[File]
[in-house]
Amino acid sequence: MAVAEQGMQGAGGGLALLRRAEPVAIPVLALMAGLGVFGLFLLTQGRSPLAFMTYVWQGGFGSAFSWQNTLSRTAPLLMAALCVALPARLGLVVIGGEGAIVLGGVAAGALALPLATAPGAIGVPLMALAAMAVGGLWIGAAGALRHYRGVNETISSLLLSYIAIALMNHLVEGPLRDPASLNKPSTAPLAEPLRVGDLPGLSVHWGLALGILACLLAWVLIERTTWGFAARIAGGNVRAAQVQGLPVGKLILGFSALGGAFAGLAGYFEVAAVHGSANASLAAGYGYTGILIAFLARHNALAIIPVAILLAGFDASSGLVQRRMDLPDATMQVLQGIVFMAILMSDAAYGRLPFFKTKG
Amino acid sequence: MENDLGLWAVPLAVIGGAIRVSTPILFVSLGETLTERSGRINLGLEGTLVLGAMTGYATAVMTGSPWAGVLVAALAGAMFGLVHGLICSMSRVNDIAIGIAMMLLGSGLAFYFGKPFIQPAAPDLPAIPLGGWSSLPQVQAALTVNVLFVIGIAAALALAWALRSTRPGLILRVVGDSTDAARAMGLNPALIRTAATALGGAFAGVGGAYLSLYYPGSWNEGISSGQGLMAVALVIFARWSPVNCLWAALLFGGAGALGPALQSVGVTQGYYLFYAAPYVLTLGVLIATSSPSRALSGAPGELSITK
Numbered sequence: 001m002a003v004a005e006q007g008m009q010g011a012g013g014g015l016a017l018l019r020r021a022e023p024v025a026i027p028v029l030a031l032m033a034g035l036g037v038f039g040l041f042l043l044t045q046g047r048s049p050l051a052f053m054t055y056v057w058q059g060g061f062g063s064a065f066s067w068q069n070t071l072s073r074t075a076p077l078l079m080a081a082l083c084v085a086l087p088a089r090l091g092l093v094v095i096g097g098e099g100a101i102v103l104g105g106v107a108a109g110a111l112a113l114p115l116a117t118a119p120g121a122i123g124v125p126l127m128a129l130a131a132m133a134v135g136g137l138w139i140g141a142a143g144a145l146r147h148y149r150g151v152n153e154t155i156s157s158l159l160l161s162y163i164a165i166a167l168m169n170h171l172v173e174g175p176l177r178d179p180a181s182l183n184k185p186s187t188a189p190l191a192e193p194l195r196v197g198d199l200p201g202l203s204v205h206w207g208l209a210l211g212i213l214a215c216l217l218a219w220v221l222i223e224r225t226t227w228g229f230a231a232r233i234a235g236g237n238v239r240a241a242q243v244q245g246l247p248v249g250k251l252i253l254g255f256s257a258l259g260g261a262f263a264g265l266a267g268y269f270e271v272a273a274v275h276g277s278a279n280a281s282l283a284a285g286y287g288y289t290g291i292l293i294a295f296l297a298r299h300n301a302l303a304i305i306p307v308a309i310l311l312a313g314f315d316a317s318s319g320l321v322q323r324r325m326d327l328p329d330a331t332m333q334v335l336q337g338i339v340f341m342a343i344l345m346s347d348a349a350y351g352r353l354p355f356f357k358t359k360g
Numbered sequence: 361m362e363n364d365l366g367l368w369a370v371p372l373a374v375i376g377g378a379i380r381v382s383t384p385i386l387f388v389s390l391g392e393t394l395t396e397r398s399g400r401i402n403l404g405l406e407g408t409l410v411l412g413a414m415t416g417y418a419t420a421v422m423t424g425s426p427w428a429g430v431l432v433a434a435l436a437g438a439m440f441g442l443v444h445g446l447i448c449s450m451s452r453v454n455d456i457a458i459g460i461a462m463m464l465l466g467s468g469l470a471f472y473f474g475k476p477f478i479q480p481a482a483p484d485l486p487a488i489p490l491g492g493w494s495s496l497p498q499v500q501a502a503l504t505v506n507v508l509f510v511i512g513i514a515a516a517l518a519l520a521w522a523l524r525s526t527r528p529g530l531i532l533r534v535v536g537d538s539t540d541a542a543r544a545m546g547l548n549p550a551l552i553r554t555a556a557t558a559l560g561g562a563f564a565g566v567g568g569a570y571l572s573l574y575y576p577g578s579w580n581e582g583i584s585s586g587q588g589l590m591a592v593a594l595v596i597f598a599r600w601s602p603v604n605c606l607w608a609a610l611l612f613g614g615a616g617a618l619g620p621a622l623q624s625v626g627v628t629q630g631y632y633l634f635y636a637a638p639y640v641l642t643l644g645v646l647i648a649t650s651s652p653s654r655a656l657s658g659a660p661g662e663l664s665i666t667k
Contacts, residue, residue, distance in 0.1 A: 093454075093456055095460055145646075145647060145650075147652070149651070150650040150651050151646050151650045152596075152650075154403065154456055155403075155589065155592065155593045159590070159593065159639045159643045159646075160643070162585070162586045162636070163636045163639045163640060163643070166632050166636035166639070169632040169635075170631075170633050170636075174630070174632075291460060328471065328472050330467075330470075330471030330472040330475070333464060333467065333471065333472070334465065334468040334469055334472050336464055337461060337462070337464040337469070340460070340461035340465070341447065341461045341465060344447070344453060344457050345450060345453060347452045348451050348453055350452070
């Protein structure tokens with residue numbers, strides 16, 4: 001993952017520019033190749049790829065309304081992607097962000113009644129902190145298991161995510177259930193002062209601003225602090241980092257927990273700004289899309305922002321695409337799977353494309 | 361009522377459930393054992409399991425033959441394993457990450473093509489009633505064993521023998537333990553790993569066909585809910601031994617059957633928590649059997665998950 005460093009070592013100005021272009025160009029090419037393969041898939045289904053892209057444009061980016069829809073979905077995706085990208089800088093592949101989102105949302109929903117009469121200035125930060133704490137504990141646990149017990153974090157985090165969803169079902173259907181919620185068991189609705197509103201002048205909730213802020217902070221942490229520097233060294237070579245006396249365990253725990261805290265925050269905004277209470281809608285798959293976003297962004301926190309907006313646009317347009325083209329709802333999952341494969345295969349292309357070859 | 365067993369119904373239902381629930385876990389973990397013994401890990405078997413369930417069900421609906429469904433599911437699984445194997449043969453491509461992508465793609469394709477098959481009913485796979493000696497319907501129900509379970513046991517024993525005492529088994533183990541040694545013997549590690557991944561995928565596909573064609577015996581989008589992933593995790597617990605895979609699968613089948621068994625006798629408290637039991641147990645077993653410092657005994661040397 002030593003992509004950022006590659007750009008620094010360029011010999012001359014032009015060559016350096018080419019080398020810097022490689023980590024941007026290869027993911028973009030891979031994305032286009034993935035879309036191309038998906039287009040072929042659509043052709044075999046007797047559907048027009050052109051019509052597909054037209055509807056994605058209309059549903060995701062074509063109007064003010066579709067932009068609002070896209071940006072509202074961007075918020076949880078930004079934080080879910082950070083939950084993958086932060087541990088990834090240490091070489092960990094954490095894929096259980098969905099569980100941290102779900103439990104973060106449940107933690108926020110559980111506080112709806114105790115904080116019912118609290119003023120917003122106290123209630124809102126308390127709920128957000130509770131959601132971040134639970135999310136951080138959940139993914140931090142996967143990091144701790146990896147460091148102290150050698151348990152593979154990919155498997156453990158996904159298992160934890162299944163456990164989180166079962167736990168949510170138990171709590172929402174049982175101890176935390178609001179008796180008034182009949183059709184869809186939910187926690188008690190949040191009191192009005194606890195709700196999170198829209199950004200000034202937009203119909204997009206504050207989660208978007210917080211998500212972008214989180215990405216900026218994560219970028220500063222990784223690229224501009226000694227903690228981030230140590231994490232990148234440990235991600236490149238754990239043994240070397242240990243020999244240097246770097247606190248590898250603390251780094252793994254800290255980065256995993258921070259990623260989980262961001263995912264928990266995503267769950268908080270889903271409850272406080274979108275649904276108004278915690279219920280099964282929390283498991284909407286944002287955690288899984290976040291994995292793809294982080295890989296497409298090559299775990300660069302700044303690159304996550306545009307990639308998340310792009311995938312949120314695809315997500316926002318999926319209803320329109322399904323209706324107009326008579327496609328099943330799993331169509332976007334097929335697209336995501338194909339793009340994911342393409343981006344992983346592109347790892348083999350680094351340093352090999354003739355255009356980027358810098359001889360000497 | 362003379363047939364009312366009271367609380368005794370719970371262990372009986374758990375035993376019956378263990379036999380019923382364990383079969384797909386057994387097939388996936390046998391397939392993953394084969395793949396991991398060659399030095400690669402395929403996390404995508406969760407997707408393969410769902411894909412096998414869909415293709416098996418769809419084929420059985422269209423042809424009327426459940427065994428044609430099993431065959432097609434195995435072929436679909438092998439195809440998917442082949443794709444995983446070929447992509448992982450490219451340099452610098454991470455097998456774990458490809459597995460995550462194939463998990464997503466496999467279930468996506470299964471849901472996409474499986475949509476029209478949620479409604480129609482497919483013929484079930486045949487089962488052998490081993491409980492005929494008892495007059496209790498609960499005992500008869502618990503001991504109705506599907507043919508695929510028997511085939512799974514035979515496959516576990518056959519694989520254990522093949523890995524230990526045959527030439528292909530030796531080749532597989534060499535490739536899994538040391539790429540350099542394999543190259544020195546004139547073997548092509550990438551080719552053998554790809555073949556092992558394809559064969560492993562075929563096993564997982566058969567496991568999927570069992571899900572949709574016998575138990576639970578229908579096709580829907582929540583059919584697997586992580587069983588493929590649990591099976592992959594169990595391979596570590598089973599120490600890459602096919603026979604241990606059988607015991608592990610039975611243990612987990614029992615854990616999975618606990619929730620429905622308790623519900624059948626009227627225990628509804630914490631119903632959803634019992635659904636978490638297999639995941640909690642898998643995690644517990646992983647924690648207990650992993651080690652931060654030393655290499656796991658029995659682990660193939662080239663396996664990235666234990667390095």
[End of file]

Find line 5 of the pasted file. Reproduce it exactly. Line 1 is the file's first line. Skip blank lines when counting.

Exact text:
Numbered sequence: 361m362e363n364d365l366g367l368w369a370v371p372l373a374v375i376g377g378a379i380r381v382s383t384p385i386l387f388v389s390l391g392e393t394l395t396e397r398s399g400r401i402n403l404g405l406e407g408t409l410v411l412g413a414m415t416g417y418a419t420a421v422m423t424g425s426p427w428a429g430v431l432v433a434a435l436a437g438a439m440f441g442l443v444h445g446l447i448c449s450m451s452r453v454n455d456i457a458i459g460i461a462m463m464l465l466g467s468g469l470a471f472y473f474g475k476p477f478i479q480p481a482a483p484d485l486p487a488i489p490l491g492g493w494s495s496l497p498q499v500q501a502a503l504t505v506n507v508l509f510v511i512g513i514a515a516a517l518a519l520a521w522a523l524r525s526t527r528p529g530l531i532l533r534v535v536g537d538s539t540d541a542a543r544a545m546g547l548n549p550a551l552i553r554t555a556a557t558a559l560g561g562a563f564a565g566v567g568g569a570y571l572s573l574y575y576p577g578s579w580n581e582g583i584s585s586g587q588g589l590m591a592v593a594l595v596i597f598a599r600w601s602p603v604n605c606l607w608a609a610l611l612f613g614g615a616g617a618l619g620p621a622l623q624s625v626g627v628t629q630g631y632y633l634f635y636a637a638p639y640v641l642t643l644g645v646l647i648a649t650s651s652p653s654r655a656l657s658g659a660p661g662e663l664s665i666t667k